Sunday, July 27, 2008

Katafreis Connection

The Gemora (Daf Yomi: Gittin 16a) cites a Mishna in Taharos: A jet of liquid from a jug (nitzok), or liquid flowing down a slope (katafreis), or liquid enough to moisten (mashkeh tofe’ach) does not form a connection for tumah or for taharah. [The explanation that they are not a connection for tumah: Nitzok – if one pours liquid from a tahor vessel into a tamei one and the flow of the liquid is uninterrupted between them, it is not regarded as a connection to make the upper vessel tamei. Katafreis – if a liquid from a pool flows down a board on a slope into a pool of liquid which is tamei, the upper pool remains tahor. Mashkeh tofei’ach – a moist trough has two pools of liquid on opposite sides; one of them tamei and one of them tahor. Although the trough is damp enough that it can moisten anything that touches it, the tamei pool does not contaminate the tahor one. The explanation that they are not a connection for taharah: A mikvah must contain forty se’ah of water in order to be valid. If there are two mikvaos and neither of them contain forty se’ah and they are connected through any one of the three ways mentioned above, they are not considered halachically connected to form one large valid mikvah.]

The Vilna Gaon asks: Even without the connection through katafreis, why don’t we say that each droplet of tamei water should contaminate another drop, and ultimately, the water in the upper pool should be rendered tamei?

He answers that the halacha of katafreis would be necessary in a case where a tevul yom (one who was tamei, but has immersed himself in a mikvah; he is considered a tevul yom until nightfall) touched the liquid, for he cannot contaminate a food item with the capability of contaminating something else (and therefore, one droplet will not cause the other to become tamei). Through the principle of katafreis, it could be regarded that the entire flow is regarded as one body of liquid, and the upper pool could become tamei (if it would be considered connected).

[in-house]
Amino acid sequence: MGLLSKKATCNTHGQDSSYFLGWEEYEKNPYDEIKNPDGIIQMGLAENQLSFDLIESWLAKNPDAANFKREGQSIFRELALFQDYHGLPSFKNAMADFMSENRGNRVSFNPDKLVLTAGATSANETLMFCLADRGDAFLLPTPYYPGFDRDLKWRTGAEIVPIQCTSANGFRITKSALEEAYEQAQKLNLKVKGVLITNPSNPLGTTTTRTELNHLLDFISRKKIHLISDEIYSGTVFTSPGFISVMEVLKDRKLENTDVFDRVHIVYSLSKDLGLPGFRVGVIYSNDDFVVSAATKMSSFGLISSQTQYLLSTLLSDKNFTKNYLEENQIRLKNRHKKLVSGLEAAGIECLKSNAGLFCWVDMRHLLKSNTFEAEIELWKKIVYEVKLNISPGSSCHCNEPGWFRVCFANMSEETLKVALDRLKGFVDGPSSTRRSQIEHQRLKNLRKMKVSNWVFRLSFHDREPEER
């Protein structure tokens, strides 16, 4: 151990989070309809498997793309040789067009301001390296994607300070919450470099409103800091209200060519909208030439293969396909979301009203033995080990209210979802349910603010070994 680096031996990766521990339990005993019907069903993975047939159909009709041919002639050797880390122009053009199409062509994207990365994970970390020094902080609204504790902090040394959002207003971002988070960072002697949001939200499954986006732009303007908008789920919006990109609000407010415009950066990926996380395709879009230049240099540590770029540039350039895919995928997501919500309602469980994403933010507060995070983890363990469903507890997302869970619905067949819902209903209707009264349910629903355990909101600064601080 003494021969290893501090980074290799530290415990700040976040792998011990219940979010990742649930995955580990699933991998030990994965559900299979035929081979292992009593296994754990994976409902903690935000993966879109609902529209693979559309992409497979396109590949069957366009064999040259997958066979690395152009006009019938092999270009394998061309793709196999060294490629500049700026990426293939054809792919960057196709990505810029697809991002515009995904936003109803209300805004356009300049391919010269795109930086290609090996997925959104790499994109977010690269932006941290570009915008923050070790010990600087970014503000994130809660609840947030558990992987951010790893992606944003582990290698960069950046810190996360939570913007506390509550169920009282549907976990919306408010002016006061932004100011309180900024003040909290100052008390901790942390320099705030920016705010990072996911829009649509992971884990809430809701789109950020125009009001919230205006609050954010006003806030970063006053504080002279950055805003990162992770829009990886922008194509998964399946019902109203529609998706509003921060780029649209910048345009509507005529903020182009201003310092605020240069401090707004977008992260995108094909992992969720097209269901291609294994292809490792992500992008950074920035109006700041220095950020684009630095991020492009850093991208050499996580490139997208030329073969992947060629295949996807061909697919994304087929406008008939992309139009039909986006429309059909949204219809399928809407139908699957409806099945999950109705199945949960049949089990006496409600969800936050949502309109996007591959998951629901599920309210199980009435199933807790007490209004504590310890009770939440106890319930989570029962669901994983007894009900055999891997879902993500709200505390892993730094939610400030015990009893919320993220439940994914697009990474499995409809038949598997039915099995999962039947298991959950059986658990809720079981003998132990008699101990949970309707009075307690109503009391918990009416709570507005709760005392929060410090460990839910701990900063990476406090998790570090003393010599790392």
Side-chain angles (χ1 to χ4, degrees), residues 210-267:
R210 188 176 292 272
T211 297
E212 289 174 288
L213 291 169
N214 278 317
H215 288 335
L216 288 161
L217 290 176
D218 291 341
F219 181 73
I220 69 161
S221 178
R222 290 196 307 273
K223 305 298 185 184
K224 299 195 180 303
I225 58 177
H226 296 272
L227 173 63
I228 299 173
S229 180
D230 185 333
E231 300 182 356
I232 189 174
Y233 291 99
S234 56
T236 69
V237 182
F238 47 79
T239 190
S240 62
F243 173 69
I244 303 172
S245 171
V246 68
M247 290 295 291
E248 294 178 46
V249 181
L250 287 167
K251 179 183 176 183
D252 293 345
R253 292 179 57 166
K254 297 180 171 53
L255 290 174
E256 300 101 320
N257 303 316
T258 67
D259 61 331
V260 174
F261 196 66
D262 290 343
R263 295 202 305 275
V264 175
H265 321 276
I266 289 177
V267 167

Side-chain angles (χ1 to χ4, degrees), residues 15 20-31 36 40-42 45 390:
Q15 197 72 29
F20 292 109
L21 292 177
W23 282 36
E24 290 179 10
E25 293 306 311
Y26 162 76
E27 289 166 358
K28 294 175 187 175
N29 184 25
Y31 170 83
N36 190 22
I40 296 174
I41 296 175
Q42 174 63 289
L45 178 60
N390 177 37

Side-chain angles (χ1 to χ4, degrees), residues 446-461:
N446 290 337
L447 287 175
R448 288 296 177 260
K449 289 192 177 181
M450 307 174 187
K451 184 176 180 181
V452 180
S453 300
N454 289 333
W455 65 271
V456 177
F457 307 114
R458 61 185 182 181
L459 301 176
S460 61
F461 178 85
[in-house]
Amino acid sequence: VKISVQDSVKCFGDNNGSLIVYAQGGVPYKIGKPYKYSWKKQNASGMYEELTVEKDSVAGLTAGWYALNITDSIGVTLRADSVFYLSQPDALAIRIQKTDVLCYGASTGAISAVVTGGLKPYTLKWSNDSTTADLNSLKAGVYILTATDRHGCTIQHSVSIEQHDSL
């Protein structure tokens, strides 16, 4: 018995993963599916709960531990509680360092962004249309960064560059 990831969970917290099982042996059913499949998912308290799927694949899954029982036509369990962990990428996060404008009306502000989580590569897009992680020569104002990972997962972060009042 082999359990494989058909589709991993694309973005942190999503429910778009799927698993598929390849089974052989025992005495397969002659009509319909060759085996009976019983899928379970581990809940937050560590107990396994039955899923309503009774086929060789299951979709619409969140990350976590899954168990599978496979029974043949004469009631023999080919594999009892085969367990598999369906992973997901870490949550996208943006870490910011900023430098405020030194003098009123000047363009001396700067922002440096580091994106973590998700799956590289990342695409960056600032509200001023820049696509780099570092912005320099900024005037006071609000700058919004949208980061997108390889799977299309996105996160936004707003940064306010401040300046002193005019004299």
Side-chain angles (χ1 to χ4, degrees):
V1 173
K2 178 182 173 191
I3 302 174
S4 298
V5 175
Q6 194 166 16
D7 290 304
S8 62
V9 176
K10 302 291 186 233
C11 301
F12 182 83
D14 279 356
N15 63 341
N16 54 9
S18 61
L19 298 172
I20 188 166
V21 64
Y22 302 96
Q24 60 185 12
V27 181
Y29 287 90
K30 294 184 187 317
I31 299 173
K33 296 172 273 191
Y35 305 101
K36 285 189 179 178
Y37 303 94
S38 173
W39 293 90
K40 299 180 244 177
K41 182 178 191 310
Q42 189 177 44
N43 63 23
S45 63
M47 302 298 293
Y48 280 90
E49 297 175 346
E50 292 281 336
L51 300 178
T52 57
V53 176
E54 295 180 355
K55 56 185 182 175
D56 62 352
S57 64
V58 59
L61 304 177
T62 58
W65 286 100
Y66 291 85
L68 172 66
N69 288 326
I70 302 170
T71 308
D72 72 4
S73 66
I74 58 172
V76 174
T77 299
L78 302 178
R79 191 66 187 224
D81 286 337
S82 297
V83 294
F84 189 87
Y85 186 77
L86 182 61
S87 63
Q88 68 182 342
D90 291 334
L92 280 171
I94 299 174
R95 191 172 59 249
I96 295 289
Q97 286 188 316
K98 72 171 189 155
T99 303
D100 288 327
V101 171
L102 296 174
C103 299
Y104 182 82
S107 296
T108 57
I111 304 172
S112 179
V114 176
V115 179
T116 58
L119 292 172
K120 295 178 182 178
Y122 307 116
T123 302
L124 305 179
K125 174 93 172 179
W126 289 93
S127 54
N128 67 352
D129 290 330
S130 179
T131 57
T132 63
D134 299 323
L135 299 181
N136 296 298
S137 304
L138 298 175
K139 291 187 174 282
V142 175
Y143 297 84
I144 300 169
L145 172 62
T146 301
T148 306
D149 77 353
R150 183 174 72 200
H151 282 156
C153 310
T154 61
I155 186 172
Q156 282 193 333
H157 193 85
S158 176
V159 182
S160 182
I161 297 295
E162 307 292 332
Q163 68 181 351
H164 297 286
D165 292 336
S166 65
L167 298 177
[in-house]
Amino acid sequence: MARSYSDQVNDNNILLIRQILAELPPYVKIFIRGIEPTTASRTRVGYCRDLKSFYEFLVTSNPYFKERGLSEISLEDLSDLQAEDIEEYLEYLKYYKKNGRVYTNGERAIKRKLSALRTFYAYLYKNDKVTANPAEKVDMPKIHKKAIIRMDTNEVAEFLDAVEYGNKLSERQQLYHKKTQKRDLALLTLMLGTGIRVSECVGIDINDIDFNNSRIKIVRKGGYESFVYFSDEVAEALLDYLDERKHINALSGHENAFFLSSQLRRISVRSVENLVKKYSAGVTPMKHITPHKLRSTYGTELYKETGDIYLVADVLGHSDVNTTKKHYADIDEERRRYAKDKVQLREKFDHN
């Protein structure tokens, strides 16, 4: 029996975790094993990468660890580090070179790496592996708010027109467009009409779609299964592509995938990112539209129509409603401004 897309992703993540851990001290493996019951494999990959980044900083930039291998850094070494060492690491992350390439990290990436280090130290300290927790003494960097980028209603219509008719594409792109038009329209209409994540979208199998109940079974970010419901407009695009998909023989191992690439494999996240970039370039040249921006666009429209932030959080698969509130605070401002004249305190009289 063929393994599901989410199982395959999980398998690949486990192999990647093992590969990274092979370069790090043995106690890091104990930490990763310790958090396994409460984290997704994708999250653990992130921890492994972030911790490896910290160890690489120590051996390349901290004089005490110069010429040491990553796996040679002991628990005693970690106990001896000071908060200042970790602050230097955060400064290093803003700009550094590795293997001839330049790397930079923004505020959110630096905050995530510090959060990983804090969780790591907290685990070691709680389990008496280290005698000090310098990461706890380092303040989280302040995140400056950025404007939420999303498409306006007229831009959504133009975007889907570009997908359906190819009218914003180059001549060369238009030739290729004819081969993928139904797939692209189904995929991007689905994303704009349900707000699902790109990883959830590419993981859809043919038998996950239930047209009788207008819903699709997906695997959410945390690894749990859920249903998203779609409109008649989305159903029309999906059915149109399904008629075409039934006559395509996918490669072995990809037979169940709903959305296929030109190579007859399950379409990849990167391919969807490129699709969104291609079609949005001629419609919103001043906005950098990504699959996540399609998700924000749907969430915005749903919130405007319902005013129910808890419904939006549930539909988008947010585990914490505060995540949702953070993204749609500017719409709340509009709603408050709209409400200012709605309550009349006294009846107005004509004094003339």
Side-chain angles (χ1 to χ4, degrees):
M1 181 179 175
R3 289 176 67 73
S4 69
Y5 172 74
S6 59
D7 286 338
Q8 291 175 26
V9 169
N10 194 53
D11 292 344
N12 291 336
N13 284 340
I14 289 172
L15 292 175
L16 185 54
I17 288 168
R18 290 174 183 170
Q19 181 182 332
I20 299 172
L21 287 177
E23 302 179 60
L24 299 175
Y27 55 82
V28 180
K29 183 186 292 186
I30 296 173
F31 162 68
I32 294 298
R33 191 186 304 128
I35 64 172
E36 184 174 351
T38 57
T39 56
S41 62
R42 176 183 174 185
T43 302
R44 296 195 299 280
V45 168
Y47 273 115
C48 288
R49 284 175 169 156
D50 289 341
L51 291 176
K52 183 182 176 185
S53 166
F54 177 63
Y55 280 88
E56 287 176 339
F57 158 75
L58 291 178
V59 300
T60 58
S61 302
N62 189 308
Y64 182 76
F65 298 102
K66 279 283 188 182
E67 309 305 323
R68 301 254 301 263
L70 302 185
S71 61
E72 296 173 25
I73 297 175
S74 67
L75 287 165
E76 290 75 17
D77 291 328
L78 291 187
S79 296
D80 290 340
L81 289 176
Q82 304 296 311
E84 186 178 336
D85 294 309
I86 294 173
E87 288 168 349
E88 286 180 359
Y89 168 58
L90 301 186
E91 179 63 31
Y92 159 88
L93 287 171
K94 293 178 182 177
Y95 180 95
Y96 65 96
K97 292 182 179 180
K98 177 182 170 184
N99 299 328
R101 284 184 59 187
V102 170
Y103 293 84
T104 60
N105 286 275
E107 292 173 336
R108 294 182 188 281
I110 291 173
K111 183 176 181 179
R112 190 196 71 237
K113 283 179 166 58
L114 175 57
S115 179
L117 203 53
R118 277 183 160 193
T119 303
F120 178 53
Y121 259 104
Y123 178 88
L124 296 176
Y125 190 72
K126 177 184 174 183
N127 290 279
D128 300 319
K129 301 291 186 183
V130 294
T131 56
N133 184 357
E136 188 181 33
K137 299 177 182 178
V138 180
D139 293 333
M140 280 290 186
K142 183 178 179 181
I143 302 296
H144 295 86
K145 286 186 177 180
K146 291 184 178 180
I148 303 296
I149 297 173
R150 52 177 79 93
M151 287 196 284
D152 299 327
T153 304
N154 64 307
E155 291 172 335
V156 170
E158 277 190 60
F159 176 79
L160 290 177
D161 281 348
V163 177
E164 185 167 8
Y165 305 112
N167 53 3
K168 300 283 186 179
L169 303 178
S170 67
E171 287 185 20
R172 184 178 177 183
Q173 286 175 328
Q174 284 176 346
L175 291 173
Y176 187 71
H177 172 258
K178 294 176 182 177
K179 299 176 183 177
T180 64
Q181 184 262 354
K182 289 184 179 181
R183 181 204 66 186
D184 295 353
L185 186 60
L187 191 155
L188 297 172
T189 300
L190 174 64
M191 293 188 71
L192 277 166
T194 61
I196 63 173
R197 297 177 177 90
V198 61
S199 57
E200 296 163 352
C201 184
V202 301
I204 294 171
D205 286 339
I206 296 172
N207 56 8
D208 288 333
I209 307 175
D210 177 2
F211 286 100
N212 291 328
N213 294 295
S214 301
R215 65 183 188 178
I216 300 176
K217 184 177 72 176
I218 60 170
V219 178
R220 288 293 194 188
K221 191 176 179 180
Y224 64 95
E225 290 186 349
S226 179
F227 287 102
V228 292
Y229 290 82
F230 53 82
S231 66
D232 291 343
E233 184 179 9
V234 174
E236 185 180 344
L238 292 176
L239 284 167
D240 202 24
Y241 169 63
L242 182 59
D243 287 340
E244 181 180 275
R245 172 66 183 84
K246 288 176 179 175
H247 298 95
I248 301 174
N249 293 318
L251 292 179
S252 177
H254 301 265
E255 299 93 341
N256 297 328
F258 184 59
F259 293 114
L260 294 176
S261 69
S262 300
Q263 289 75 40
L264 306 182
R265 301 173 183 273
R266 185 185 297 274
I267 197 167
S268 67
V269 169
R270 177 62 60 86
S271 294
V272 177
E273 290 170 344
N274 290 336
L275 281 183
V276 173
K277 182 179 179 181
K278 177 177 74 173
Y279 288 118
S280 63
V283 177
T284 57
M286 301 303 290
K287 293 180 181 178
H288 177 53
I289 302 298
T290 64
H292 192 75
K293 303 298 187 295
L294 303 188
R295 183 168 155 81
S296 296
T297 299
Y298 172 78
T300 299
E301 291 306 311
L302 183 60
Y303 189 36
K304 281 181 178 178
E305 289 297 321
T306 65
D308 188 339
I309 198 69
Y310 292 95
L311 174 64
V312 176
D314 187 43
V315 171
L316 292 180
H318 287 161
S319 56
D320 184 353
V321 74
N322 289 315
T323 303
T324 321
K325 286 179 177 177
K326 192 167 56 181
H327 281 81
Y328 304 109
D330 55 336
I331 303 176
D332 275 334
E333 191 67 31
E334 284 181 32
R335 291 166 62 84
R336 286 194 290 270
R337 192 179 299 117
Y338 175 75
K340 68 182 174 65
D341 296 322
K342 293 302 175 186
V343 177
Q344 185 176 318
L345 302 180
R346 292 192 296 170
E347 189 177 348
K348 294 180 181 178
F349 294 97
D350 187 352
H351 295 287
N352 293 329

Reb Shimon Shkop asks on his answer from the Rambam, who rules that these halachos would apply by tumas sheretz as well, and a sheretz can contaminate one drop to render the others tamei!?

He answers that one drop cannot render the other drops tamei because of the principle of beis hasetarim (for the drops touching each other are not recognizable).

Rav Elyashiv answers simply that if the liquid would be rendered tamei because of its contact with the first droplet, it would only be Rabbinically tamei, for that which a liquid is ruled to be a rishon l’tumah is only a Rabbinic decree. Hence, kodoshim that contracted tumah in such a manner could not be burned. However, through the principle of katafreis, the entire liquid would be rendered tamei on a Biblical level, and if kodoshim would be involved, it would be required to be burned.